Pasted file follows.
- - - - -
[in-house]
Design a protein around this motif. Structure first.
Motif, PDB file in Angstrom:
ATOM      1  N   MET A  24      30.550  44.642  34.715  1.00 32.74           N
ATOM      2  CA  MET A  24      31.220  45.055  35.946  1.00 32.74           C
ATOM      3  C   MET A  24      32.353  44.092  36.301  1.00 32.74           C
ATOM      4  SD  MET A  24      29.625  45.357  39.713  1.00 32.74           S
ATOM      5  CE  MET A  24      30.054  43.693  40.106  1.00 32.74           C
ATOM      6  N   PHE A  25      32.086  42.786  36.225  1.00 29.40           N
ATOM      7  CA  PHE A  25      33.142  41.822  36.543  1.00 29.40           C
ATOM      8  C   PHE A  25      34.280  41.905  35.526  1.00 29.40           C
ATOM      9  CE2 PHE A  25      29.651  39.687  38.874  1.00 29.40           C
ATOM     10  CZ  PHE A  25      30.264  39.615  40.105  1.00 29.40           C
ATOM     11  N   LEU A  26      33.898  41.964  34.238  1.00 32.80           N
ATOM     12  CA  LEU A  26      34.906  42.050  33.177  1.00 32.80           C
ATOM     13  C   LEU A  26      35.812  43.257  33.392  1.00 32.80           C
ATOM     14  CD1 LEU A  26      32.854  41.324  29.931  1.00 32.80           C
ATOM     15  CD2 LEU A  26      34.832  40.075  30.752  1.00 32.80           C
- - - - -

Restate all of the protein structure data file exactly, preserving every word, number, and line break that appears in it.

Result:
[in-house]
Design a protein around this motif. Structure first.
Motif, PDB file in Angstrom:
ATOM      1  N   MET A  24      30.550  44.642  34.715  1.00 32.74           N
ATOM      2  CA  MET A  24      31.220  45.055  35.946  1.00 32.74           C
ATOM      3  C   MET A  24      32.353  44.092  36.301  1.00 32.74           C
ATOM      4  SD  MET A  24      29.625  45.357  39.713  1.00 32.74           S
ATOM      5  CE  MET A  24      30.054  43.693  40.106  1.00 32.74           C
ATOM      6  N   PHE A  25      32.086  42.786  36.225  1.00 29.40           N
ATOM      7  CA  PHE A  25      33.142  41.822  36.543  1.00 29.40           C
ATOM      8  C   PHE A  25      34.280  41.905  35.526  1.00 29.40           C
ATOM      9  CE2 PHE A  25      29.651  39.687  38.874  1.00 29.40           C
ATOM     10  CZ  PHE A  25      30.264  39.615  40.105  1.00 29.40           C
ATOM     11  N   LEU A  26      33.898  41.964  34.238  1.00 32.80           N
ATOM     12  CA  LEU A  26      34.906  42.050  33.177  1.00 32.80           C
ATOM     13  C   LEU A  26      35.812  43.257  33.392  1.00 32.80           C
ATOM     14  CD1 LEU A  26      32.854  41.324  29.931  1.00 32.80           C
ATOM     15  CD2 LEU A  26      34.832  40.075  30.752  1.00 32.80           C